The Inertia of Desire (Worthless Fat Fuck with Nullifiers) is a large stomach. It’s not even a torso; no back, no indication of limbs or neck, just a blobby, unappealing gut. Considerably larger than life size, it is nonetheless convincingly life-like in its degree of verisimilitude. It is a monstrously hypertrophied Ron Mueck’s Dead Dad, only more so. Too large, its bloated, overweight form lies on a carpet, spreading under the pull of gravity and surrounded by evidence of the sad, unhealthy excess that has got it to this state. Beer cans, and a half-eaten candy bar tell of drunken nights on which the only sustenance taken has been anything but a solid meal. Two band-aids stuck on the stomach tell of yet more unhealthiness, and hint at notions of puncturing and deflation. Being so heavy, it clearly smothers the carpet beneath, making sure that it won’t fly: no imagination, no spirit, no transcendence, just a deliberate, despairing march into oblivion. The whole thing is a grandiose statement of the artist’s perennial depressive nightmare that combines a frightening absence of ideas about what to make with the conviction that, even were one to think of something, it would be no more than an exercise in hubris to attempt its realisation.
But the beer cans and the candy bar, like the stomach, are marvellously well made. As well as Mueck, and a Kippenberger (self-) portrait, one thinks of Robert Gober’s body parts and simulated objects, or of Elizabeth Wright and Simon Starling among other UK artists who have, in recent years, set a benchmark in such out-of-scale things that is being superseded here. And the beer cans and sweet wrapper are just the exact same shade of blue as you can see in the patterning of the carpet, and the weak flesh pink of the stomach, which tells of a lack of sunlight and exercise, matches the warm, rose-tinted cream that you find there too. Furthermore, the shape of the stomach distantly echoes those works of Richard Deacon which seem to hover in status between sculpture and plinth, though in Inertia of Desire the inter-dependence of carpet and stomach is now becoming clearer. The carpet is the plinth, but one that carries within itself the seeds of that which it supports.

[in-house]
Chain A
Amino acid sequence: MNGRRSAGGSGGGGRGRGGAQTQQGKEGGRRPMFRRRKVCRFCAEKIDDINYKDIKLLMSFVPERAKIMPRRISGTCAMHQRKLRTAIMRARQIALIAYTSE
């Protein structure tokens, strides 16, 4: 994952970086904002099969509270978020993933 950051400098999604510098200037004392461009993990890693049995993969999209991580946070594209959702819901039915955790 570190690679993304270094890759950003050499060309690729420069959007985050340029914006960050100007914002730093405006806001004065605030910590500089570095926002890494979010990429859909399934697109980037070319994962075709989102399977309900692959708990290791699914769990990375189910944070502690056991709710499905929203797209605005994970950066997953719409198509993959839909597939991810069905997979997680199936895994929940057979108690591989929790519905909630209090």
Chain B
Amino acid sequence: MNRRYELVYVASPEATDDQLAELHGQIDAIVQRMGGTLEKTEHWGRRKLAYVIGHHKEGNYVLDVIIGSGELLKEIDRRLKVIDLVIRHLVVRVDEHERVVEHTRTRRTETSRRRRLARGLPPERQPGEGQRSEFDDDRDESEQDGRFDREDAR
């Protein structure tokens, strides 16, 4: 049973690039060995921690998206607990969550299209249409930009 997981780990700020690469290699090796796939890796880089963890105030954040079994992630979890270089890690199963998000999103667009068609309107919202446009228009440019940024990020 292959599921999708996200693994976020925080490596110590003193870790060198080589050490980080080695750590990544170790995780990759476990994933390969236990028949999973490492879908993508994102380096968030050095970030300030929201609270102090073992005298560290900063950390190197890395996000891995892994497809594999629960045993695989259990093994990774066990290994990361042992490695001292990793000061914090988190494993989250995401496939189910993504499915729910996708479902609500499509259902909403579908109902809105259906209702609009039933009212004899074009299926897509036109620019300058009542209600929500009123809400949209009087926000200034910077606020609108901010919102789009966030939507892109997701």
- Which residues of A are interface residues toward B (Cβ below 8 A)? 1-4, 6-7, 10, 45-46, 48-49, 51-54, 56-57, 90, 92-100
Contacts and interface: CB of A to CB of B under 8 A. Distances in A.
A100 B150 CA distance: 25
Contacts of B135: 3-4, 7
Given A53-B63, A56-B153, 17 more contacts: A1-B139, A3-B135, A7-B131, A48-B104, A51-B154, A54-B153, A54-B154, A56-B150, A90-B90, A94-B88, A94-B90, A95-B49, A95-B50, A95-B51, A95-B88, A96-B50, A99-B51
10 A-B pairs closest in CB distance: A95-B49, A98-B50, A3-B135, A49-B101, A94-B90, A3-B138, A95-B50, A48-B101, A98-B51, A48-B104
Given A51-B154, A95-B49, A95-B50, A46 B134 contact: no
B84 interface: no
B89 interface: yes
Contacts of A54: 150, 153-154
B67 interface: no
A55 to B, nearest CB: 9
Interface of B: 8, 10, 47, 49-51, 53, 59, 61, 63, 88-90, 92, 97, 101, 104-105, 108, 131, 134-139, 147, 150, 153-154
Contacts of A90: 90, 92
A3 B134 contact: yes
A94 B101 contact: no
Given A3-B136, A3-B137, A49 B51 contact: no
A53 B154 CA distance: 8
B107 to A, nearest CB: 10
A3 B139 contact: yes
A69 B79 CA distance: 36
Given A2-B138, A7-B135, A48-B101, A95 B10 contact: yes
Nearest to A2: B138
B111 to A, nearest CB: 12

While it may be that none of these many references are intentional in the sense of having been deliberately introduced during the work’s planning and inception, they nevertheless constitute features in the cultural landscape in which we encounter it. Indeed, that they were not intentional allows us to see that the work, in its mix of maudlin self-pity, compensatory braggadocio and genuine reflection on the depths to which our fragile egos can plummet, is itself thoroughly intended. Far from being a gesture of abjection, The Inertia of Desire demonstrates, in Blanchot’s phrase, that ‘art is the consciousness of unhappiness, not its compensation’. Blanchot cautions us against misinterpreting Nietzsche’s famous line, ‘We have art so as not to go under on account of truth’. It does not mean that art preserves us from the harshness of truth but, rather, that the abyss is the domain of art. Art’s depth might be an ‘absence of profundity’ or the possibility of a foundation, but it is also always both of those things at one and the same time and this is its essential ambiguity. The Inertia of Desire, in the play between its precise formal niceties and its description of incontinent social irrelevance and mental hopelessness, holds that ambiguity before us. *
* Taken from Michael Archer’s “Sea-gherkins! . . . Freshwater swabs! . . . Ectoplasms! . . . Bashi-bazouks! . . .” an essay published in Keith Tyson, Geno Pheno. Pace gallery 2005